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Four Ways to Overcome Clients’ DIY Mentality

We are a nation of do-it-yourselfers. Pay a plumber to fix that leak? Nah, a quick trip to Lowes and we’re good. Hire an attorney to write the will? No thanks—these online forms look pretty solid. Check into a hospital for an operation? Please… we’ll just head back to Lowes for a box cutter!

Consultants encounter this phenomenon every day in prospects’ offices: “Why hire a consultant to improve our compensation plans? We’re smart enough to figure that out ourselves. Besides, we could hire two full-time employees for the fees you’re suggesting.”


Without a doubt, our stiffest competition is always inside the client. Internal staff is available and, ostensibly, bargain priced compared to an outside guru. So, how do you overcome the do-it-yourself barrier? By changing the prospect’s perspective. Below are four mind shifts you can employ to make your expensive consulting gig the obvious choice.

Shift the Path to Success

The more your prospects believe the path to success is a series of straightforward tasks, the more they will see their goals as attainable through internal resources or inexpensive help. Conversely, when their ideal route to nirvana travels through sophisticated ideas and processes, they’ll pay a premium to an outside expert.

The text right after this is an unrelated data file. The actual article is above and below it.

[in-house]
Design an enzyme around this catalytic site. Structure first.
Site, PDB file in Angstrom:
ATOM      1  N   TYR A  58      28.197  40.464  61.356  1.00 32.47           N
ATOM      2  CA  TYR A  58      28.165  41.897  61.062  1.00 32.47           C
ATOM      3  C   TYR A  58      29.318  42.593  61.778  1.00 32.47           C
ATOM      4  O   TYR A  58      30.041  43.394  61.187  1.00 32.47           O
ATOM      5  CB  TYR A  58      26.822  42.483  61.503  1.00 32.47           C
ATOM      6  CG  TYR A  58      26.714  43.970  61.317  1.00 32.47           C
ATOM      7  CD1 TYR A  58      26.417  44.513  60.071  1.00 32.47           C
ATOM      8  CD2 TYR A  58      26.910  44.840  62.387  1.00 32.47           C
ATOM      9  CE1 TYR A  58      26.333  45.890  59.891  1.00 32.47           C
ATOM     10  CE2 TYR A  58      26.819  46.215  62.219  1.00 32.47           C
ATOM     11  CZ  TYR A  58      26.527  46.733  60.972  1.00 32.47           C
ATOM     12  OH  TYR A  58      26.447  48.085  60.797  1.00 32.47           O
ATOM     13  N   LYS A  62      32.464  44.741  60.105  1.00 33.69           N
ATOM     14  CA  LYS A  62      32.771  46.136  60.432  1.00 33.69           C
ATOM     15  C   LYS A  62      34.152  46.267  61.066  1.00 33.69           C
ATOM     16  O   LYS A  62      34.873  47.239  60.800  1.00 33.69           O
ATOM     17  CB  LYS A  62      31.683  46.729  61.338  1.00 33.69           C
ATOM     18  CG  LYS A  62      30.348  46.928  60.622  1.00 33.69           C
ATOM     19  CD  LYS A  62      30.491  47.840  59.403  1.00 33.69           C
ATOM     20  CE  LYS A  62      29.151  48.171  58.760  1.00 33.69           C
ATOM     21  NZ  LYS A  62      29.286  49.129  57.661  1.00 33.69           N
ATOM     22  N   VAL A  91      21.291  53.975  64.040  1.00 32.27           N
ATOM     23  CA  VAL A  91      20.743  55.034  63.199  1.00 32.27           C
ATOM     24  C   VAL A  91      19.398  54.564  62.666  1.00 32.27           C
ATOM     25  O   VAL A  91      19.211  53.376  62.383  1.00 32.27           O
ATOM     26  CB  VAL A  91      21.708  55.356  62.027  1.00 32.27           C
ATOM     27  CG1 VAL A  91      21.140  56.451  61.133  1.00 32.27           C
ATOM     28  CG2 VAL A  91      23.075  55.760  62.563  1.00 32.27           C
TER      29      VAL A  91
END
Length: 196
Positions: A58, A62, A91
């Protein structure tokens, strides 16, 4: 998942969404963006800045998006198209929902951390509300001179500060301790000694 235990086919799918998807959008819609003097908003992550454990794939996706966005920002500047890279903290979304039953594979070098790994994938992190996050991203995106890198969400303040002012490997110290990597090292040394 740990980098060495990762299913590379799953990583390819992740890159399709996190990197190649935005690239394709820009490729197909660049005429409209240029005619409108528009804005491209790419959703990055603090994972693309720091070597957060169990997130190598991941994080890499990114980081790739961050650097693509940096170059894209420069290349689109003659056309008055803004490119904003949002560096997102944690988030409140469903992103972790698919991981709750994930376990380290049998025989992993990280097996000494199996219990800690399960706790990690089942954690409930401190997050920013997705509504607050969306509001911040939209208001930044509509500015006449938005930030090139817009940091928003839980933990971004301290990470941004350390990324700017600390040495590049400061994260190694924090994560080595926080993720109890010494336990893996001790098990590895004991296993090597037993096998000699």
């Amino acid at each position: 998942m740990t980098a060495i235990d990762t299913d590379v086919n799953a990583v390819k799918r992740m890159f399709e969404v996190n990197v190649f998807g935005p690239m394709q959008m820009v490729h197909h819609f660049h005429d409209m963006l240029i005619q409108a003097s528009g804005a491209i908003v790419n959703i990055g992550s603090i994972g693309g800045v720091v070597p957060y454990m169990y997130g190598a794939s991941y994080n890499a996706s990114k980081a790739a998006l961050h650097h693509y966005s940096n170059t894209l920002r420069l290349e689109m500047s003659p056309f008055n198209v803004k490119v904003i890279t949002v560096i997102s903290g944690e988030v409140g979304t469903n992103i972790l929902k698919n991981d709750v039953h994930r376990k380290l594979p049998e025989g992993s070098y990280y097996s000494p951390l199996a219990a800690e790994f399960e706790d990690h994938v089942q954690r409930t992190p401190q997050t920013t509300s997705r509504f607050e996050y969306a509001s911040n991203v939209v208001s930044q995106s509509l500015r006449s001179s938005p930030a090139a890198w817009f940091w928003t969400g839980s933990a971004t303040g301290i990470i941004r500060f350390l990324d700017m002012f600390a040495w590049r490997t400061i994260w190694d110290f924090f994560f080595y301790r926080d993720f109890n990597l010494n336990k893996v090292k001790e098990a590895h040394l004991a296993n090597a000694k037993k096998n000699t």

Does this mean you should portray your approach as complex and wrap it in abstruse language? No, but you better bring more to the party than the ability to execute generic plans. Reorient your prospect’s perspective on what’s needed by breaking out models, conceptual frameworks and approaches that work far better than any they would employ in-house. You must create a clear difference between you and internal staff.

Shift the Objective

Lift your prospect’s gaze from the weeds, where any resource is good enough, to the clouds, where outstanding (and expensive) know-how is required. When a client is focused on a “deliverable,” such as a report or training session, they’ll look for the least expensive, easiest source of that deliverable. However, a client seeking an outcome is wary of cheap, easy fixes.

For instance, a training session on procurement is a deliverable and perhaps Sally from the Purchasing department can lead it. Reducing material costs across all divisions, on the other hand, is an outcome and to achieve that end the client will pony up big dollars to a guru with strong credentials.

Shift the Comparator